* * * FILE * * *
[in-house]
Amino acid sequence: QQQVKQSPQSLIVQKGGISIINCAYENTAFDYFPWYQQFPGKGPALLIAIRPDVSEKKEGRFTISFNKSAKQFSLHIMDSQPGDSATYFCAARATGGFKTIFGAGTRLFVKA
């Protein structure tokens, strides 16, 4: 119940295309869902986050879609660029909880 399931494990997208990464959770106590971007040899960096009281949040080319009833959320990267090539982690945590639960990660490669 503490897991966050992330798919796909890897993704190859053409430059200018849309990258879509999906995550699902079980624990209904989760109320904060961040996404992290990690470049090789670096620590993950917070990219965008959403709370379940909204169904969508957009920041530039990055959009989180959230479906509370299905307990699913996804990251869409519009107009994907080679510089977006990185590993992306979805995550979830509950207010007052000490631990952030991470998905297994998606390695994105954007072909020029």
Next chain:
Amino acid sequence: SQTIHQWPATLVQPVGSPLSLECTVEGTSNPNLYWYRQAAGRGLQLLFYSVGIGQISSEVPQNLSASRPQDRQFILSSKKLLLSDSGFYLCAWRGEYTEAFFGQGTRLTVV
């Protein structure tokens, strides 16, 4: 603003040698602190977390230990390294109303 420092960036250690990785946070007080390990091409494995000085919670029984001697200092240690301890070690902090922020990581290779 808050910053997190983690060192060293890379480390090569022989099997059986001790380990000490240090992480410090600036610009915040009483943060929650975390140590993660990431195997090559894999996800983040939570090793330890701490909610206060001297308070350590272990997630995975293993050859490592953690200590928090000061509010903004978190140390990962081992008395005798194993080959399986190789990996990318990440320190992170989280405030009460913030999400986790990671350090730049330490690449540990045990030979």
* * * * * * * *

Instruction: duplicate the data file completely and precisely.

[in-house]
Amino acid sequence: QQQVKQSPQSLIVQKGGISIINCAYENTAFDYFPWYQQFPGKGPALLIAIRPDVSEKKEGRFTISFNKSAKQFSLHIMDSQPGDSATYFCAARATGGFKTIFGAGTRLFVKA
């Protein structure tokens, strides 16, 4: 119940295309869902986050879609660029909880 399931494990997208990464959770106590971007040899960096009281949040080319009833959320990267090539982690945590639960990660490669 503490897991966050992330798919796909890897993704190859053409430059200018849309990258879509999906995550699902079980624990209904989760109320904060961040996404992290990690470049090789670096620590993950917070990219965008959403709370379940909204169904969508957009920041530039990055959009989180959230479906509370299905307990699913996804990251869409519009107009994907080679510089977006990185590993992306979805995550979830509950207010007052000490631990952030991470998905297994998606390695994105954007072909020029």
Next chain:
Amino acid sequence: SQTIHQWPATLVQPVGSPLSLECTVEGTSNPNLYWYRQAAGRGLQLLFYSVGIGQISSEVPQNLSASRPQDRQFILSSKKLLLSDSGFYLCAWRGEYTEAFFGQGTRLTVV
């Protein structure tokens, strides 16, 4: 603003040698602190977390230990390294109303 420092960036250690990785946070007080390990091409494995000085919670029984001697200092240690301890070690902090922020990581290779 808050910053997190983690060192060293890379480390090569022989099997059986001790380990000490240090992480410090600036610009915040009483943060929650975390140590993660990431195997090559894999996800983040939570090793330890701490909610206060001297308070350590272990997630995975293993050859490592953690200590928090000061509010903004978190140390990962081992008395005798194993080959399986190789990996990318990440320190992170989280405030009460913030999400986790990671350090730049330490690449540990045990030979």